“Without Winston’s Wish I don’t think I would fully be who I am today. Janet March was my counsellor, and I cannot thank her enough for helping me through the difficulty of losing a sibling. I learnt to accept my grief, to not let it become me nor to supress it, and I learnt how to live with it not against it.”

Maisie (Winston’s Wish Youth Ambassador)

“After her passing I continued to ask my Mum when she was coming home, despite having sadly witnessed her death, in the hope that maybe it was a dream or a mistake, and she was just off travelling. Although she never came home again, I still have that memory of her to cherish. “I love and miss her so much, and although it might be sad to bring up the past, talking about the memories and our love for her keeps her forever present in our lives. I know siblings can be annoying and you can fight and have fall outs. But don’t take them for granted, as life is short, and I would do anything to have my big sister back.”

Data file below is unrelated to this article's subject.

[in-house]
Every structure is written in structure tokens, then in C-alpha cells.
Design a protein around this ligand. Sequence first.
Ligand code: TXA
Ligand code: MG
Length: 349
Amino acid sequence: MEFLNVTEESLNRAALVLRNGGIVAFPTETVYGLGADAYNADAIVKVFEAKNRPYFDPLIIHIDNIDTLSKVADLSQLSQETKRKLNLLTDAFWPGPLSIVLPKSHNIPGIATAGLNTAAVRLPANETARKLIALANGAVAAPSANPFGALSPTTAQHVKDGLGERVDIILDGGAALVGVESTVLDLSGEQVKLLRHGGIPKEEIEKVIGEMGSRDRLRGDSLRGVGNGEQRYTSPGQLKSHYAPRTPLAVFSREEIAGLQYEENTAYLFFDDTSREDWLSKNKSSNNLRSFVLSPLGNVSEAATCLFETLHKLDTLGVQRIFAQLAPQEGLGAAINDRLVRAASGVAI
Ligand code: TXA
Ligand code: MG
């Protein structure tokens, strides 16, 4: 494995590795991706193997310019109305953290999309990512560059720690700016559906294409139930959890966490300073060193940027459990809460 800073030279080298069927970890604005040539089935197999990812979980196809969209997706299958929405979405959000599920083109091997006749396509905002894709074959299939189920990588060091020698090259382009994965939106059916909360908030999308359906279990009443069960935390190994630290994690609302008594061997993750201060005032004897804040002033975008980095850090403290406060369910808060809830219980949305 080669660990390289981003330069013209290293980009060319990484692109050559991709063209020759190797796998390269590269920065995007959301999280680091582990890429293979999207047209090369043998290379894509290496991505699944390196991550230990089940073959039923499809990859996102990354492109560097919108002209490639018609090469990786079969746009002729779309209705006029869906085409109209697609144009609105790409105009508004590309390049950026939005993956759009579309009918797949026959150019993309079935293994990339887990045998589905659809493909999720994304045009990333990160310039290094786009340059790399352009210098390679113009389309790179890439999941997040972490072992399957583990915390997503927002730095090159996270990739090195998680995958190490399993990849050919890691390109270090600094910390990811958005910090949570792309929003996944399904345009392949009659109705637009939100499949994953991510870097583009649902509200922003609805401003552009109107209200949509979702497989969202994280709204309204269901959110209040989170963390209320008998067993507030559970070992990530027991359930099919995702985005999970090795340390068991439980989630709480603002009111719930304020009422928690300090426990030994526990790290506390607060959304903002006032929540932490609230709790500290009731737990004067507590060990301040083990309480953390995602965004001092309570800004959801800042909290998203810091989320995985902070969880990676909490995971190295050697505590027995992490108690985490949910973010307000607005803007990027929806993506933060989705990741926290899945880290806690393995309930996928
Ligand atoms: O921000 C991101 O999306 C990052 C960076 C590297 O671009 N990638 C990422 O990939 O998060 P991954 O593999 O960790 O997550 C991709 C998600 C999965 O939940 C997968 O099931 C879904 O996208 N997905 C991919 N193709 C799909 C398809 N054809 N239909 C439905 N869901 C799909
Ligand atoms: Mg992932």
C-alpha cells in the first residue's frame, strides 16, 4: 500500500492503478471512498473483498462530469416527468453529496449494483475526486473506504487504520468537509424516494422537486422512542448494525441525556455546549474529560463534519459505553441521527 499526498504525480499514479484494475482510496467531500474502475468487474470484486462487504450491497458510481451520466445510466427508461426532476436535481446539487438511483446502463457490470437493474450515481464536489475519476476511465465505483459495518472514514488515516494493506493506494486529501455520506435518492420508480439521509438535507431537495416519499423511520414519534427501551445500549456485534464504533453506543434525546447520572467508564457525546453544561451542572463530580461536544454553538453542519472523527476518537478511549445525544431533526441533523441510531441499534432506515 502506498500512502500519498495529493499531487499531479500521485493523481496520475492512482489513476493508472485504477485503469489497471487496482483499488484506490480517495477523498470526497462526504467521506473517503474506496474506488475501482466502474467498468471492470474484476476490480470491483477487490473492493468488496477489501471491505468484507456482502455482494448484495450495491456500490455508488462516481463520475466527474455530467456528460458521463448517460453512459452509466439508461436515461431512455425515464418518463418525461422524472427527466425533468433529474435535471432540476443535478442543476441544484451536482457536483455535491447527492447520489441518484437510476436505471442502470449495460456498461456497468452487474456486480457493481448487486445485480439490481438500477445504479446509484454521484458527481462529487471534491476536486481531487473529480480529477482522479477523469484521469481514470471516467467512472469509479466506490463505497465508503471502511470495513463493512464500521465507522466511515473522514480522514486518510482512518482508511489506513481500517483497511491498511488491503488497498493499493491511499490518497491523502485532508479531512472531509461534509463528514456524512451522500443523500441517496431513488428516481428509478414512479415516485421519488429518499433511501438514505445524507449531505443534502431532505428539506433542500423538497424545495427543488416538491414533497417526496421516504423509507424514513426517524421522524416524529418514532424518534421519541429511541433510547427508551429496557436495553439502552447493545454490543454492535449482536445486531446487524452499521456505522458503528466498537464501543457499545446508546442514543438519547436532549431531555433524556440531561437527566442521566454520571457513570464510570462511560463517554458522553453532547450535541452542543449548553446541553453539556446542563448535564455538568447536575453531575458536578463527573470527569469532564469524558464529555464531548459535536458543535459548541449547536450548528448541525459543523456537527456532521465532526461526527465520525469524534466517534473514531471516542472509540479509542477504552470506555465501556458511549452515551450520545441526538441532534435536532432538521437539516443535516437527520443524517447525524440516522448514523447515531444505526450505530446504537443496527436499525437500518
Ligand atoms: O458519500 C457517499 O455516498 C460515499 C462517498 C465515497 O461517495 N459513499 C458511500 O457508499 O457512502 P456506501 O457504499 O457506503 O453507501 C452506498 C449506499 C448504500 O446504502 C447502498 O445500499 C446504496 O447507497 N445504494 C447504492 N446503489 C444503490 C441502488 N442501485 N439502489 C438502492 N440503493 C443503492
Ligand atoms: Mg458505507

Maisie (Winston’s Wish Youth Ambassador)

“I always dread when the sibling question comes up, because if I say I have a sister then the questions unravel – are they older or younger? Are you close? What do they do? Where do they live? But these are questions to answer in your own time in the way you feel appropriate. I sometimes answer yes, I have a sister, and then swiftly change the topic if I don’t feel close enough to share with the person asking.“Also, Holly was my only sibling, so I’ve even had people close to me refer to me as an only child or tell me that I know what ‘only child syndrome’ feels like, despite knowing about Holly. Although from the age of seven I grew up without Holly, that doesn’t remove the fact she lived and is still my sister.“For others who might relate to this, don’t let other people remove their existence because they are no longer around. They will always be important to you, a part of you, and are the reason you are who you are today.”

Maisie, Winston’s Wish Youth Ambassador